Saturday, May 7, 2011

My Kind of Restaurant

Here's a great post from slate about a move to automate the process of ordering and paying for food.  A few years ago, I ate in a hotel restaurant in Manhattan that had a version of this, and I thought that the future had arrived...yet not a mention of it again until reading this today.

I've got nothing against waitstaff.  In general.  Just some of them.  You know, the ones who become a check valve for the whole process, who never show up to refill your iced tea?  Or the ones who show up too often, asking you after virtually every bite how everything is?  Or the ones who decide to chat you up, presuming a level of intimacy to which they are entirely un-entitled.

The only time I find myself "satisfied" with waitstaff service is if it is prompt, unobtrusive, and delivered by a fetching young lass.  Mostly, I'd rather do it myself--and this article lays that future out for all of us to behold.

Think about it.  You sit down and order food from a menu with pictures, descriptions and potentially, dietary information. No more "is there any garlic in that?".   You order drinks.  You need a glass of water?  Press the button.  All the while, the electromagnetic spectrum operates at 186,000 miles per second to deliver your desires to the humans who then process it (yes, I know--potential snag here) and then bring it to you.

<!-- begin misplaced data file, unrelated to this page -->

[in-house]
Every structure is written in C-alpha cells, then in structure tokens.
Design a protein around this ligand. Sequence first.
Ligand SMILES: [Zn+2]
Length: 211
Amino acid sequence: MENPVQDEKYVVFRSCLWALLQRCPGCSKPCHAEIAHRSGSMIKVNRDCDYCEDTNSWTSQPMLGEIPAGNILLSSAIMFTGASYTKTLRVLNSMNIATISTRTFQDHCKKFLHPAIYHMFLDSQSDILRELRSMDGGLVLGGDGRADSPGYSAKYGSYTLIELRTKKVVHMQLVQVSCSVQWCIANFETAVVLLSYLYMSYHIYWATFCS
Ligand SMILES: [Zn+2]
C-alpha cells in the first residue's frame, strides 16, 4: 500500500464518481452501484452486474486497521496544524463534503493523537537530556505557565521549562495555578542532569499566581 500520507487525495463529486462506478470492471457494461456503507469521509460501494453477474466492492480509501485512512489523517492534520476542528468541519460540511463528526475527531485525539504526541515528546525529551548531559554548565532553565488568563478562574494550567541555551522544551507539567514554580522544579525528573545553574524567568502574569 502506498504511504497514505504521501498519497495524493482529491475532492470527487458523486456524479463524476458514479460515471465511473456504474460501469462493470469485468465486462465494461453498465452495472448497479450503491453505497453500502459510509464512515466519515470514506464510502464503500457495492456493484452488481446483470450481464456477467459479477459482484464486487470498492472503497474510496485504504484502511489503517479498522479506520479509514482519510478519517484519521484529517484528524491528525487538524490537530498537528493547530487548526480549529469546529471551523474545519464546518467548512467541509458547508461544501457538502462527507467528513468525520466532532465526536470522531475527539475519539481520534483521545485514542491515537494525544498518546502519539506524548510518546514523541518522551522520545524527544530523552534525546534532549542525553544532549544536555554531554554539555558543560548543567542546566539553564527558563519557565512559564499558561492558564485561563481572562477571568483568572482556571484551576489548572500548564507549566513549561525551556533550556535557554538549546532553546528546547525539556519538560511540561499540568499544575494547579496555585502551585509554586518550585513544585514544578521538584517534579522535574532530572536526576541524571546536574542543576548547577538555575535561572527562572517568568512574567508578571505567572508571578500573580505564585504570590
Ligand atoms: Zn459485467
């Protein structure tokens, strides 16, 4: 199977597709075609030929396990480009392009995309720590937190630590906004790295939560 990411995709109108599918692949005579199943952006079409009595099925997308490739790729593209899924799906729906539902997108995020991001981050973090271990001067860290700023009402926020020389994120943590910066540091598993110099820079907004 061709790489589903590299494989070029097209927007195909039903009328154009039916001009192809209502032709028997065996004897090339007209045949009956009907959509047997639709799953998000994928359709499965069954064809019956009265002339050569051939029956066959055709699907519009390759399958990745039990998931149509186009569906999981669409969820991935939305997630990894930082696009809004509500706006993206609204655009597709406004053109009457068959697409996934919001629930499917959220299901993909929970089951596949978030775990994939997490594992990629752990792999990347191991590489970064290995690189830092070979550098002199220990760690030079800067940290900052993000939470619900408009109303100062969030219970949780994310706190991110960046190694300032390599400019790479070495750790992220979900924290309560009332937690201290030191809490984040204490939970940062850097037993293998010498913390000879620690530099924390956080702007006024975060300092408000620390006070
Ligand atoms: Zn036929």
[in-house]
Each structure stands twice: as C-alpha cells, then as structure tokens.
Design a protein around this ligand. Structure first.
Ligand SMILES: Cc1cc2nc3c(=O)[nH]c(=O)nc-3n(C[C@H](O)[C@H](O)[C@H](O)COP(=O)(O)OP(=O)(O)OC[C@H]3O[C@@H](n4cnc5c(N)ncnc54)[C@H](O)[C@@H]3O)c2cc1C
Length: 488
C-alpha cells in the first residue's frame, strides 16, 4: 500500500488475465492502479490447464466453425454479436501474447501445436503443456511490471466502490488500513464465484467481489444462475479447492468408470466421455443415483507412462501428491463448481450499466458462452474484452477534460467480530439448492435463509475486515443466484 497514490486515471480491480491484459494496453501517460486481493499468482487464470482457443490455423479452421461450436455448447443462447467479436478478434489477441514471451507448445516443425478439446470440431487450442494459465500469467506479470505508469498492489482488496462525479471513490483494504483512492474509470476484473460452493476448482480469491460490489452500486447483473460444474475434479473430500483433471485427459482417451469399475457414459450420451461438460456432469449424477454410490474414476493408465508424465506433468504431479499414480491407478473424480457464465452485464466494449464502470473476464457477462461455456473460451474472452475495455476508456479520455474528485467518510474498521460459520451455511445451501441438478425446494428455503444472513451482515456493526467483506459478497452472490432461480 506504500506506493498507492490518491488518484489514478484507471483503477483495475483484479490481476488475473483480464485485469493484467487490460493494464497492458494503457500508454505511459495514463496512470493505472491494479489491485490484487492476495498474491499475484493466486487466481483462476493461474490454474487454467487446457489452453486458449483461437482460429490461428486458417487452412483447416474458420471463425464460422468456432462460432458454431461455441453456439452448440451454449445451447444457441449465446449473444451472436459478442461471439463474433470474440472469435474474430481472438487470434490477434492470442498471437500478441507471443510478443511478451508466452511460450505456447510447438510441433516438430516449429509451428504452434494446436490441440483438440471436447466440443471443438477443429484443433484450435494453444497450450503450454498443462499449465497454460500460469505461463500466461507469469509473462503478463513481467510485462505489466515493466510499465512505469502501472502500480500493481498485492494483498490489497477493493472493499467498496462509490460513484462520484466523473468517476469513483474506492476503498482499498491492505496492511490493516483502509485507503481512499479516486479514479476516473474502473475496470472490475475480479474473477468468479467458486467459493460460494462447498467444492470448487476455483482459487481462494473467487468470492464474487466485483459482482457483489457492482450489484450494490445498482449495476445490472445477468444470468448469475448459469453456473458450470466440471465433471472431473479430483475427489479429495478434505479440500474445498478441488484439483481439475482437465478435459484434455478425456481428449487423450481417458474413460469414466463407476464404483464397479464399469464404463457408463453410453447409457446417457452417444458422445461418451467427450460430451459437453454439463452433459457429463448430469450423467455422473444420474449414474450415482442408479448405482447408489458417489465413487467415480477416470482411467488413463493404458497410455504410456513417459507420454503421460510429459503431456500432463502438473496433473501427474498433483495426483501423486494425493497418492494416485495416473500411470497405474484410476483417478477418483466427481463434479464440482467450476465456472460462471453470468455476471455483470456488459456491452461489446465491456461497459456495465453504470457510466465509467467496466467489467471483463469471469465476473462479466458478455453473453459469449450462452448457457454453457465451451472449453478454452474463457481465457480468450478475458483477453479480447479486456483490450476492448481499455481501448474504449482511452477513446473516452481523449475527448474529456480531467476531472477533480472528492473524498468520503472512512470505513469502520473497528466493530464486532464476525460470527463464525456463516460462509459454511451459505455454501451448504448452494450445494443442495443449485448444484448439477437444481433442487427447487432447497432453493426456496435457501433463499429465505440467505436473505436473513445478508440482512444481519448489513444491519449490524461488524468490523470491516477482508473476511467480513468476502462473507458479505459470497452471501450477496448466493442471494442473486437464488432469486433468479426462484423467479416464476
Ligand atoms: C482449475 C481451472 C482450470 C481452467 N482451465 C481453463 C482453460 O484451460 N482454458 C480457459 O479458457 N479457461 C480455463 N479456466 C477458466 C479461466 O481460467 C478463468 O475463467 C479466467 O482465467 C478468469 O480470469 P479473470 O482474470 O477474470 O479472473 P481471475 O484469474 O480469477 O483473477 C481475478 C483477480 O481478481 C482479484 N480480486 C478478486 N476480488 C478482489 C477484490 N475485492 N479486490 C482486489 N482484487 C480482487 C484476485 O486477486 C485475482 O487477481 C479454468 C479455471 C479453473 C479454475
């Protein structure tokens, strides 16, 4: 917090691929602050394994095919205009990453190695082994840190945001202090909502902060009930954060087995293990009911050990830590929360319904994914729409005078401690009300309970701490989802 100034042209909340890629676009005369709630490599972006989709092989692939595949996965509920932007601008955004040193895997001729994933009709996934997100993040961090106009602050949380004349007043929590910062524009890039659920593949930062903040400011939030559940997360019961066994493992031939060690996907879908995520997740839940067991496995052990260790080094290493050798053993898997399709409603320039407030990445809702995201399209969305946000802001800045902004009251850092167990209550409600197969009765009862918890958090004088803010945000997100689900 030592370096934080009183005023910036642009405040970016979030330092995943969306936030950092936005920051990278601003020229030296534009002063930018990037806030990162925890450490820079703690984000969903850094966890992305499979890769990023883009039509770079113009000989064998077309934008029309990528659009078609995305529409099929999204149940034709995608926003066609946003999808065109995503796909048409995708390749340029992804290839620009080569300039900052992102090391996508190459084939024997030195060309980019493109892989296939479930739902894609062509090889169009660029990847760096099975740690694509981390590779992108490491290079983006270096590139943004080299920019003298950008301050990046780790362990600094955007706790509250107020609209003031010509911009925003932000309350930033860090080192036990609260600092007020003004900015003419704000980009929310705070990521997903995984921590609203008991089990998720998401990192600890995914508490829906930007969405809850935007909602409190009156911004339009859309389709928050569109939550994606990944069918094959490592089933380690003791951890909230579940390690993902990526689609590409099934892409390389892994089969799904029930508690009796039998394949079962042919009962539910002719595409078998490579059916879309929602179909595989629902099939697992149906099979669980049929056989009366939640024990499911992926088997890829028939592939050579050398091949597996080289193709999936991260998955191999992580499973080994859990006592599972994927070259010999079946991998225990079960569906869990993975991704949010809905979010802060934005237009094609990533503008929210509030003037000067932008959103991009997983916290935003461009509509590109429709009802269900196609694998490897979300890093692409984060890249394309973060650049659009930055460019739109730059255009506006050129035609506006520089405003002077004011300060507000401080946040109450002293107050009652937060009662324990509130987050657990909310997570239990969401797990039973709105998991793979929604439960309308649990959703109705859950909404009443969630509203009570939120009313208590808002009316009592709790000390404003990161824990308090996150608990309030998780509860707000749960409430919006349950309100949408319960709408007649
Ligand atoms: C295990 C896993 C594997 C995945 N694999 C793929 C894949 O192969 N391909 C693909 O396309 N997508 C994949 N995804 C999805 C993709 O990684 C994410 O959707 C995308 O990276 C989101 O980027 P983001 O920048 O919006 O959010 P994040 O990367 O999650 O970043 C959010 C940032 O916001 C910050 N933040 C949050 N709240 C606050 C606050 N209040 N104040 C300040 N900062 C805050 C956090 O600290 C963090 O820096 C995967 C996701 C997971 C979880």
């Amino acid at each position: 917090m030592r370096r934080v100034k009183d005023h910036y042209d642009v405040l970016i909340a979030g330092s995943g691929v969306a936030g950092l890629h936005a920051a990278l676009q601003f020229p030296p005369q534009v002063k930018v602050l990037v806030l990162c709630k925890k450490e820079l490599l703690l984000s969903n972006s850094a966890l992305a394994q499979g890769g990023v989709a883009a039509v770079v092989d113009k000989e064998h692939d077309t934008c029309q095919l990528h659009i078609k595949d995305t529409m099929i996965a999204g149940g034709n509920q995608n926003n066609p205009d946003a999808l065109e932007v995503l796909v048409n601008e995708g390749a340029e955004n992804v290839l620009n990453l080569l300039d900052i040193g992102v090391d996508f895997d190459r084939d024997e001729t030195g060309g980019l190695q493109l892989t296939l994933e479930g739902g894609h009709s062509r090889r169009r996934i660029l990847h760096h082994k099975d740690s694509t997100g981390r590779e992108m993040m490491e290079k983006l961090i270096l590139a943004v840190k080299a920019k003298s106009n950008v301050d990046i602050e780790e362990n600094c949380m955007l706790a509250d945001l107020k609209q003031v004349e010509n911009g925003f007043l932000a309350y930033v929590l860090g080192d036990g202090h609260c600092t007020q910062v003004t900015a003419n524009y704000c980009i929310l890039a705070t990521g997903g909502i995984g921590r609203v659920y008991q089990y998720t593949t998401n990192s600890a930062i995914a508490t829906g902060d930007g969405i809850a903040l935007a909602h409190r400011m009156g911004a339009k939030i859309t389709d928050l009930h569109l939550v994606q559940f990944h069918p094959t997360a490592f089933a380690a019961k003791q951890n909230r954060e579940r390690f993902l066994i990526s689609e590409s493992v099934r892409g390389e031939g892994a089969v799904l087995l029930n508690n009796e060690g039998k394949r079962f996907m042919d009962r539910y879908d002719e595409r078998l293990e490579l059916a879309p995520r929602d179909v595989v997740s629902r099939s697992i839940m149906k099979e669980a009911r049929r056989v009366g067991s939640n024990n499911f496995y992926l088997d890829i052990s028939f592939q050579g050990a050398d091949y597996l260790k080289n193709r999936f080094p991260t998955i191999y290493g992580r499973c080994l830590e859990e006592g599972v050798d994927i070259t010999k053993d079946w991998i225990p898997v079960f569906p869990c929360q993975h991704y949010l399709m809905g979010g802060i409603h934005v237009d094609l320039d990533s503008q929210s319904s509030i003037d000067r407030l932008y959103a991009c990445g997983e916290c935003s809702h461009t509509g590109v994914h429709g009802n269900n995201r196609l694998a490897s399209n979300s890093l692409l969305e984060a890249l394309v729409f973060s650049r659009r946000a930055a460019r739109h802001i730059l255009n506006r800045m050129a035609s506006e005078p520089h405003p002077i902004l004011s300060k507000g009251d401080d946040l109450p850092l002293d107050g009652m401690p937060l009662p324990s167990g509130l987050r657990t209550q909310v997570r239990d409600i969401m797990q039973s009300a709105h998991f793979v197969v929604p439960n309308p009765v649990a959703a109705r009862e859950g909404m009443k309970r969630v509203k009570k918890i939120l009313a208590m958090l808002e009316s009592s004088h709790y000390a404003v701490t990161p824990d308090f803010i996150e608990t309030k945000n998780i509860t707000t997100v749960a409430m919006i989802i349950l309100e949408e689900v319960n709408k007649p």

Time to leave?  Well, you don't have to wait for the 17 year old to finish his conversation about a truly radical skatepark in the next county to get your tab.  You evaluate it (it has been running all the while you've ordered and ate), and then you push the button that says "process bill" (as you started the meal by swiping a credit card so that you can't play "chew and screw" or "dine and dash").

If in the course of your meal--you need a human--you push the "help" button, and then some mass of carbon and water ambles over to your table to find out what you want--and what you couldn't "free text" to the staff.  There can be an app for evaluating your meal--to enable restaurants to gather instant feedback on what they could do better.

Want to pay cash?  Surely.  Swipe a credit card to get things started and then pay in the slot at the table.  Don't have a credit card?  Well then, you don't eat.  Not computer/human machine interface literate--again, you don't get to eat.  This is a restaurant for the information age, and if you can't keep up, head over to Outback where the waitstaff will kneel down next to you and survey your life story.

H/T:  Instapundit

No comments:

Newer Post Older Post Home